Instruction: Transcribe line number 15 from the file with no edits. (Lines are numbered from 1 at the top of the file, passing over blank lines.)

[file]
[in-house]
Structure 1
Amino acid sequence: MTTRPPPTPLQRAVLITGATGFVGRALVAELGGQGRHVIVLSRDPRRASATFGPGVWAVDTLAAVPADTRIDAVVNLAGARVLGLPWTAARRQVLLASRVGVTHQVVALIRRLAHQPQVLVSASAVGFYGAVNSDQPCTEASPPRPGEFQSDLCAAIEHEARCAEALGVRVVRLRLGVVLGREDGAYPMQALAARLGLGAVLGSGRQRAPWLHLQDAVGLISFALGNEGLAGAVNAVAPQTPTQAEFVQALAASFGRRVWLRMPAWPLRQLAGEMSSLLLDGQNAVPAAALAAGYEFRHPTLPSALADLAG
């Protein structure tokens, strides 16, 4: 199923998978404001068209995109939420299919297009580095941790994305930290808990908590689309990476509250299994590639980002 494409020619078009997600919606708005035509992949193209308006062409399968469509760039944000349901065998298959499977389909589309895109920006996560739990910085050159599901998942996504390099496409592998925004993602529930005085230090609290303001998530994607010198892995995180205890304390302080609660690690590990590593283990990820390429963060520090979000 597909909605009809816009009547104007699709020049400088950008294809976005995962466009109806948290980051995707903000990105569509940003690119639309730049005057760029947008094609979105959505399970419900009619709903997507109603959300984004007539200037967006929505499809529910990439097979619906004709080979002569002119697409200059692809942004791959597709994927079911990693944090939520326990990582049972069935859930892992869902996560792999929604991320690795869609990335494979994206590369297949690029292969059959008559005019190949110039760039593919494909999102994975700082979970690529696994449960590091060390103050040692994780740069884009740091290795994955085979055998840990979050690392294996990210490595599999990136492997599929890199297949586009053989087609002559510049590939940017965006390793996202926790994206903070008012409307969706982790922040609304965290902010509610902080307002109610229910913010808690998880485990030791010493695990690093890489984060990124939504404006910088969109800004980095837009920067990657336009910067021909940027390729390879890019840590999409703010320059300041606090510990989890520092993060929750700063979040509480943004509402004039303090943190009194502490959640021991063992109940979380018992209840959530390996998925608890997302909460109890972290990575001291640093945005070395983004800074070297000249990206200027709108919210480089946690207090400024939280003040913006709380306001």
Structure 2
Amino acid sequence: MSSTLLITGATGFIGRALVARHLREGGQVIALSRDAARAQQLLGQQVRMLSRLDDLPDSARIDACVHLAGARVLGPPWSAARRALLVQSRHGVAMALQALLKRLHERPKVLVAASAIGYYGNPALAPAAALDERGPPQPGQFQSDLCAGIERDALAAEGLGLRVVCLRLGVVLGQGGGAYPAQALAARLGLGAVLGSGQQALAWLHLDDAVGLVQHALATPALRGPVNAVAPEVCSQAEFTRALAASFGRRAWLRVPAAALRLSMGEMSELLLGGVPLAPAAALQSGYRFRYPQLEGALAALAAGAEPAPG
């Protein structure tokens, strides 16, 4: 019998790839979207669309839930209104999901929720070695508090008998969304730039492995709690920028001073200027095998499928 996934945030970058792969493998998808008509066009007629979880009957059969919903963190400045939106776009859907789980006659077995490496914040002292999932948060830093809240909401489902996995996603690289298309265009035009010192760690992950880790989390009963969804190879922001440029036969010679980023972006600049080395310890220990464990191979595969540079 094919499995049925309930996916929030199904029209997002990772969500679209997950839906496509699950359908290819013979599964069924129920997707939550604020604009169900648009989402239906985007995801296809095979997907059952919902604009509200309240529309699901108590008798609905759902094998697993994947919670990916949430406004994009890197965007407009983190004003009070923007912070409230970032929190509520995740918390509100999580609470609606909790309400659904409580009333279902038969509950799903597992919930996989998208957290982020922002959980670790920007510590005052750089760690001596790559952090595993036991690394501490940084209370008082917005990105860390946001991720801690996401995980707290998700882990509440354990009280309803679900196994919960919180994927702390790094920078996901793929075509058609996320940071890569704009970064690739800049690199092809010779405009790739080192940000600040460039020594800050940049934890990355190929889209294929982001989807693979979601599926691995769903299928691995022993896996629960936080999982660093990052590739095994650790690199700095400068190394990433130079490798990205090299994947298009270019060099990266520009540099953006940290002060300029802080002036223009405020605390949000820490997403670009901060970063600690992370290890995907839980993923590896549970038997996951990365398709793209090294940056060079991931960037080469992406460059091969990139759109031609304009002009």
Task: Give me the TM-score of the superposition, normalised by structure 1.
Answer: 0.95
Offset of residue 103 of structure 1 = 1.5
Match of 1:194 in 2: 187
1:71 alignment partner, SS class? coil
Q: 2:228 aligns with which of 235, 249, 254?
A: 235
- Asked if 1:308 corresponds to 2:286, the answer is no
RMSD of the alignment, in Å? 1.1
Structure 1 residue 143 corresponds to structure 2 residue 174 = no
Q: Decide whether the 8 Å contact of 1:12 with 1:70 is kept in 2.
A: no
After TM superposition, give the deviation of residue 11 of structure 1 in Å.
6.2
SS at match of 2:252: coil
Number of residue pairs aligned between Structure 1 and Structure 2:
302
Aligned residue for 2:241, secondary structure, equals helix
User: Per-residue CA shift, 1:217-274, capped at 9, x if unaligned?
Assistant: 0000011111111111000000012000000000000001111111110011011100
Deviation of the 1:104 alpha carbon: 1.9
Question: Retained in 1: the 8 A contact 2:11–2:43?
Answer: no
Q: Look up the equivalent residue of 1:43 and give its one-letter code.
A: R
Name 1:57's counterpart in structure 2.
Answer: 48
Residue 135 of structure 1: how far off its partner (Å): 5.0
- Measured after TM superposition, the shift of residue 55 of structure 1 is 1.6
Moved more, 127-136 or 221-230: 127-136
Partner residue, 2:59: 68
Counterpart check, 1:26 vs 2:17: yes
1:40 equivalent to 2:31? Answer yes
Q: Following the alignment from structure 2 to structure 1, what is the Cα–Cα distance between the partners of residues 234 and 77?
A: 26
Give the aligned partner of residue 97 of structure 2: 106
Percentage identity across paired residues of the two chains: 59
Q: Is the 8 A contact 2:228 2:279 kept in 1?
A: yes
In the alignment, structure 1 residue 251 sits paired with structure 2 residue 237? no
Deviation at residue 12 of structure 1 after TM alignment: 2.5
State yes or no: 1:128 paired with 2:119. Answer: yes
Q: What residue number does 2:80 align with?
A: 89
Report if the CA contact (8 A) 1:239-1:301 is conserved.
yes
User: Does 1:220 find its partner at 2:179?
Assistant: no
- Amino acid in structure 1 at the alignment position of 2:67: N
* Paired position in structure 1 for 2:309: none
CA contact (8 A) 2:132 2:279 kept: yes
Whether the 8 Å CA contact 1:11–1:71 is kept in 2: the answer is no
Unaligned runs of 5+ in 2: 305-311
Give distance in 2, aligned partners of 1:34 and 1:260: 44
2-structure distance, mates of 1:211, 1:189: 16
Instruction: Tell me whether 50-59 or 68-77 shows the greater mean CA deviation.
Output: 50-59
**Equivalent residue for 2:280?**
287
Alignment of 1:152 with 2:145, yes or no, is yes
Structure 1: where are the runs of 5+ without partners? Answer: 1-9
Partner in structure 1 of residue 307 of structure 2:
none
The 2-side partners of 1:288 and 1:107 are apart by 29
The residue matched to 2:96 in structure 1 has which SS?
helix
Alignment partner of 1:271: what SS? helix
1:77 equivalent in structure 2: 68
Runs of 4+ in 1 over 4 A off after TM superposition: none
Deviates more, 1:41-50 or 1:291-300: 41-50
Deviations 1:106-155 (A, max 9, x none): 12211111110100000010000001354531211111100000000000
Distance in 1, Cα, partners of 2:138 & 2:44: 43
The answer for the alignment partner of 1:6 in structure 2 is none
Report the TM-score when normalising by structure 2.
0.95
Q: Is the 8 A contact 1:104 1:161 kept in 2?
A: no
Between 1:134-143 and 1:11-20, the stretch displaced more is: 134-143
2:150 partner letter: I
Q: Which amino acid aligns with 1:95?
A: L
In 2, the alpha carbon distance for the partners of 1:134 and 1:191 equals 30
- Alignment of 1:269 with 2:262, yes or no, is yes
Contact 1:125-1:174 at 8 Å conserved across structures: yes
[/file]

- Asked if 1:308 corresponds to 2:286, the answer is no